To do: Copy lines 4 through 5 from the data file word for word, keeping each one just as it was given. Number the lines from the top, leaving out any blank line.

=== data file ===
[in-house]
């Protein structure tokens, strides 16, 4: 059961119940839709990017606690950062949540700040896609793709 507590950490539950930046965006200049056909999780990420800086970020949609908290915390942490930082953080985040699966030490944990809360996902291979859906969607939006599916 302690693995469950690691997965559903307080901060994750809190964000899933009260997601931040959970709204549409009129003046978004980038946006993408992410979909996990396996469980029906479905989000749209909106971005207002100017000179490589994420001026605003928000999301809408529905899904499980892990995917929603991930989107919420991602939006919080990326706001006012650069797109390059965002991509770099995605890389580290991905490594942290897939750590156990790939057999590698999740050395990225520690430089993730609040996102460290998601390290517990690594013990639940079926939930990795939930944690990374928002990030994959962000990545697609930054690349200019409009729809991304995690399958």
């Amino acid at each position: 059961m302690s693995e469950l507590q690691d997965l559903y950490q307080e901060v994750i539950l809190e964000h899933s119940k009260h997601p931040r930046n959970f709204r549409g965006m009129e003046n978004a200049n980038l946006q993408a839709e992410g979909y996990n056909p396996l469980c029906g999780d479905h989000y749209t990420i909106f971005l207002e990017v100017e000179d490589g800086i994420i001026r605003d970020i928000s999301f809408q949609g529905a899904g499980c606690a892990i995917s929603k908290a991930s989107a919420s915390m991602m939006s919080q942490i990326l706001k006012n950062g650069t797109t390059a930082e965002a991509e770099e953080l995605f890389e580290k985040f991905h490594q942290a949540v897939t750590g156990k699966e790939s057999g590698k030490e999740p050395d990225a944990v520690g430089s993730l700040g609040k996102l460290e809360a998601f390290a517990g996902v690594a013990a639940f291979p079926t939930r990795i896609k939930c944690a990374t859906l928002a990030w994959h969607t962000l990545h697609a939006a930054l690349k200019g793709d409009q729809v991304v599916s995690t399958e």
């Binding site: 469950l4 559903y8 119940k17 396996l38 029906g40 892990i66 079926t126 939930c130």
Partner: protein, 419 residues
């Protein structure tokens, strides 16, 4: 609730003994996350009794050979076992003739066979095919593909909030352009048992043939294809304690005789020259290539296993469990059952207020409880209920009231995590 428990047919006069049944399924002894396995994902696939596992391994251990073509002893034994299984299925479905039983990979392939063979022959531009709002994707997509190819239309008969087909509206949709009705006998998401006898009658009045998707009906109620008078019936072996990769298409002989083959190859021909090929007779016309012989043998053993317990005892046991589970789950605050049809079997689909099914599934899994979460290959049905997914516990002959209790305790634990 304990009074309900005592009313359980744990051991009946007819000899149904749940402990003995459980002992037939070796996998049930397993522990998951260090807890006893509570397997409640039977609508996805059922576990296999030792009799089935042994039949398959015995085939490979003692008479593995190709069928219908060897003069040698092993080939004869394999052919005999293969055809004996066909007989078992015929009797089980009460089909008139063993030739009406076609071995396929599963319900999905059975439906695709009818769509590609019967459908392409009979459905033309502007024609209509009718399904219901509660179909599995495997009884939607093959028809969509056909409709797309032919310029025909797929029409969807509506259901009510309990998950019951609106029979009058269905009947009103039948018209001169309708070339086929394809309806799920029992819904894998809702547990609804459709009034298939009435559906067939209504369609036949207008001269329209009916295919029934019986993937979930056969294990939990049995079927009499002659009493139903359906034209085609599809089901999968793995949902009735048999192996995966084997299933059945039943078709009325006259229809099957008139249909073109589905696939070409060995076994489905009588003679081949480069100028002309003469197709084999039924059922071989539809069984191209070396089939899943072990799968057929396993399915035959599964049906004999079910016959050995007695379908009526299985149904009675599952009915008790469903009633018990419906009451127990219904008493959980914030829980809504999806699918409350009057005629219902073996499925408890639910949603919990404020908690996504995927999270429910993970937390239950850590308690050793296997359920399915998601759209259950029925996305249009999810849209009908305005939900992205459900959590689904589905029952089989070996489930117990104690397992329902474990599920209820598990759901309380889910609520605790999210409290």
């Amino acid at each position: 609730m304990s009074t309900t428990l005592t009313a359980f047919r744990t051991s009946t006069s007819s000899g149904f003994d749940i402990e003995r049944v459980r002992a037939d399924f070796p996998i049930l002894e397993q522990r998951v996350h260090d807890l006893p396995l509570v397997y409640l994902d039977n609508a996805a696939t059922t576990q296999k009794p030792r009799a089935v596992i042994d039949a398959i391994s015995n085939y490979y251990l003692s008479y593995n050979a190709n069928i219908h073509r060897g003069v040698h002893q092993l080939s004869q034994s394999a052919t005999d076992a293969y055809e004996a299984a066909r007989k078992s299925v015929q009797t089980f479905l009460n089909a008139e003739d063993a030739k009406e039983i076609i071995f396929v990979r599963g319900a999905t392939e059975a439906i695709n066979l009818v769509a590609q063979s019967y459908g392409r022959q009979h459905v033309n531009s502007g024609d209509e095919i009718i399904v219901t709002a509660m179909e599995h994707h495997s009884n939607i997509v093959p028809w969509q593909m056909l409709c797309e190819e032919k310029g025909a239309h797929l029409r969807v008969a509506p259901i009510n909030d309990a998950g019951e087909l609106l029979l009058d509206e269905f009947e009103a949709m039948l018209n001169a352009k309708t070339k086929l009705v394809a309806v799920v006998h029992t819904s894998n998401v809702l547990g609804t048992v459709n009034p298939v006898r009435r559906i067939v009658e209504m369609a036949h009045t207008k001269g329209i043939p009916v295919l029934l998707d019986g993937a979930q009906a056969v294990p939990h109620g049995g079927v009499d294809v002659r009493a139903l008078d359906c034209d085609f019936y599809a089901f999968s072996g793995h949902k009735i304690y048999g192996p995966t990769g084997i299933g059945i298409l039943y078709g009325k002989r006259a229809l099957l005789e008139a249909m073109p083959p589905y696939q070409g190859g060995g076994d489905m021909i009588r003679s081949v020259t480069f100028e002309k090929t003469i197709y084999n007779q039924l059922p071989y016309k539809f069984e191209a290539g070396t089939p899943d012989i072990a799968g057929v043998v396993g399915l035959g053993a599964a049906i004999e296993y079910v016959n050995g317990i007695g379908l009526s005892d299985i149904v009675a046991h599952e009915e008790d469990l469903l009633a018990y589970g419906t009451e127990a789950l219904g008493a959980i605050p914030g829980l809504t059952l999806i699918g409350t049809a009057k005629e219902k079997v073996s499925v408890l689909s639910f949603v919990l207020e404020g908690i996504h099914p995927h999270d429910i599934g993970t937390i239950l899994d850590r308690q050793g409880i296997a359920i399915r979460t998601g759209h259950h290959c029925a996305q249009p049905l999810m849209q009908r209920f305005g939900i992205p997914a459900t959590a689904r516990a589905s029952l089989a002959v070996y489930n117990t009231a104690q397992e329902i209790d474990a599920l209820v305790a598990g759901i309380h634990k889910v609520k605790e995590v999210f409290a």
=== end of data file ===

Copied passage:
């Binding site: 469950l4 559903y8 119940k17 396996l38 029906g40 892990i66 079926t126 939930c130």
Partner: protein, 419 residues